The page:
Wednesday, October 8, 2014

The Carthusians

Saint Hugo persuades Bruno of Cologne
to found the Carthusian Order
(cathedral window in Grenoble, France)
The Carthusians have been mentioned here before, when Geert Groote gave away all his possessions to that order. A few days ago was the anniversary of the death (6 October 1101) of the founder of the Carthusians, Bruno of Cologne.

Born in Cologne about 1030, he may have studied at the college of St. Cunibert (where Pepin the Short interred the remains of the Two Ewalds). We do know that he went to Reims for his later education—he was probably there when Anne of Kiev got married in the Cathedral—studying Holy Scripture and the Church Fathers. By 1055 he had returned to Cologne and been made a canon at St. Cunibert, but was called back to Reims by its bishop and put in charge of the local schools, a position he maintained until 1075. (One of his students later became Pope Urban II.)

Bruno eventually gave up the administrative duties, refusing the rille of a bishop for something more contemplative. He first spent time with Robert of Molesme, who later founded the Cistercian Order.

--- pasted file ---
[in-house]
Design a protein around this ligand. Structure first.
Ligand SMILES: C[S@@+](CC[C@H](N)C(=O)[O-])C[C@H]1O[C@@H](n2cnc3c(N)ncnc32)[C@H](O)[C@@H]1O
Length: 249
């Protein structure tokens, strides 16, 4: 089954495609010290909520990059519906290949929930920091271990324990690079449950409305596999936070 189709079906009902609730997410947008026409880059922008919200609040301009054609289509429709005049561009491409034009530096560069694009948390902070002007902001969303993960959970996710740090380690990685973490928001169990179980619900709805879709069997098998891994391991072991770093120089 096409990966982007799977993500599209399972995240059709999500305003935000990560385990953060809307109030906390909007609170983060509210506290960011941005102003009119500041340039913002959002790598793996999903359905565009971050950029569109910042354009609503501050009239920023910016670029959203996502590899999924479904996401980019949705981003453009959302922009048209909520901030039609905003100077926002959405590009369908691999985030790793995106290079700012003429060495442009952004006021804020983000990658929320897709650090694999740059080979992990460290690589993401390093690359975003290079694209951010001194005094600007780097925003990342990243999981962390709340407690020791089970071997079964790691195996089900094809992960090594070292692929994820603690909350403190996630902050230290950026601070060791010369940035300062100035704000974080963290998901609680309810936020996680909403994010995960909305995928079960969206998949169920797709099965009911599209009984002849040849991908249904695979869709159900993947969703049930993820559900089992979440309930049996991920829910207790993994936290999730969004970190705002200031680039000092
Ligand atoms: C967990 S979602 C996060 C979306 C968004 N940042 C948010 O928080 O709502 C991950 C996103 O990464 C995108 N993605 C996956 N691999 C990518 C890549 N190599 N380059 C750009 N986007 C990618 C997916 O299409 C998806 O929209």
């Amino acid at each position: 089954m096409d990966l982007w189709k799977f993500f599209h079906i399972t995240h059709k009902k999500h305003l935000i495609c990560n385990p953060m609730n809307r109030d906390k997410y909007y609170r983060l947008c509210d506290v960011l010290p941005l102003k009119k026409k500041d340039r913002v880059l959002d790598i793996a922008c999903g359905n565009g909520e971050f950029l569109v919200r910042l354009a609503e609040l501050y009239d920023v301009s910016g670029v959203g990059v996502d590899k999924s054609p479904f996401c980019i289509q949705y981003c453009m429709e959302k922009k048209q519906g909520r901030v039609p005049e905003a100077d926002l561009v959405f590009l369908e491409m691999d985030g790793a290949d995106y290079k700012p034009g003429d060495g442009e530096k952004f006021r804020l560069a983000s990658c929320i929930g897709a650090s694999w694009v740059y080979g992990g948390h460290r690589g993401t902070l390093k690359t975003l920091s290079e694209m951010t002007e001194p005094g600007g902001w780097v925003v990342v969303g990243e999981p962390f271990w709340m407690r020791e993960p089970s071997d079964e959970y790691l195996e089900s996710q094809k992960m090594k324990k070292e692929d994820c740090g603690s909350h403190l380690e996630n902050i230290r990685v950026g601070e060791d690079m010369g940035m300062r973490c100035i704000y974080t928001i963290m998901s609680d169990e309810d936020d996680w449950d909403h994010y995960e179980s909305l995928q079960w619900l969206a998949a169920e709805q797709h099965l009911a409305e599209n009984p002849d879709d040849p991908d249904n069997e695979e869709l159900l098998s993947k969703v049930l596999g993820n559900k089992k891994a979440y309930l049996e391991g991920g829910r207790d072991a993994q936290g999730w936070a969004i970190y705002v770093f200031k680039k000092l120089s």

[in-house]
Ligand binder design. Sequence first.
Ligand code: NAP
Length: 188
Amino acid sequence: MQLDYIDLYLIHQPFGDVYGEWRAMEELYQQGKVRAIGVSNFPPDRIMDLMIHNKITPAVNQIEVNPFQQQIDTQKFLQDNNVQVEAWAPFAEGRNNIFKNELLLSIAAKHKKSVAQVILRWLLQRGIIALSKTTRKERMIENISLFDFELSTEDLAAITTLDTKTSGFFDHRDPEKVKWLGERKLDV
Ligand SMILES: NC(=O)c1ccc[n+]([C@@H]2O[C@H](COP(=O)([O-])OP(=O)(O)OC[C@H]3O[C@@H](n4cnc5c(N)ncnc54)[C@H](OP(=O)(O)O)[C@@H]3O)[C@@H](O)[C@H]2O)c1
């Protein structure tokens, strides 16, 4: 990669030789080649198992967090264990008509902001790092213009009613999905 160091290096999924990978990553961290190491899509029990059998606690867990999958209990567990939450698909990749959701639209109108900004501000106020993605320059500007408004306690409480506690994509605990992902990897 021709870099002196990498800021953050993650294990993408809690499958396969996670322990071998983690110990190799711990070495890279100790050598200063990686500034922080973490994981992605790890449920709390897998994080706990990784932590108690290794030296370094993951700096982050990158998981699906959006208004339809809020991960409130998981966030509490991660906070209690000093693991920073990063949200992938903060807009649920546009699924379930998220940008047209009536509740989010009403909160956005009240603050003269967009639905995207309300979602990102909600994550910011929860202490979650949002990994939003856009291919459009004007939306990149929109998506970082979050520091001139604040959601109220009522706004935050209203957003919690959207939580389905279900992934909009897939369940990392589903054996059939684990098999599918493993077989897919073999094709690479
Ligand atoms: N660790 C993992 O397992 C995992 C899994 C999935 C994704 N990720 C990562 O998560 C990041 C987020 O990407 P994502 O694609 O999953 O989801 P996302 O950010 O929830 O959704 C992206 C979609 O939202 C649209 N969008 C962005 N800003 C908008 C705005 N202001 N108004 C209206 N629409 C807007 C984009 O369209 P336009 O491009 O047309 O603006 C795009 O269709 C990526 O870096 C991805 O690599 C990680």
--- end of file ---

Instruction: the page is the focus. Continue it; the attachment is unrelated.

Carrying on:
When he founded his own order, in 1084, Bruno decided it would be for both men and women. No abbots, because there would be no abbeys; a hermitage would be overseen by a prior. Priests and nuns (or lay brothers and sisters) would be hermits, shutting themselves off from the outside world in small cells. The day would be spent in prayer and labor...and silence.

The first hermitage was built in the Chartreuse Mountains in the French Alps. It is from these mountains that the word "Carthusian" comes. (Also, the monks started producing a cordial in the 1740s called "Chartreuse." From the color of the cordial comes the color chartreuse.)

As penance for the death of St. Thomas Becket, King Henry II built a Carthusian charter house in 1182 in Somerset.

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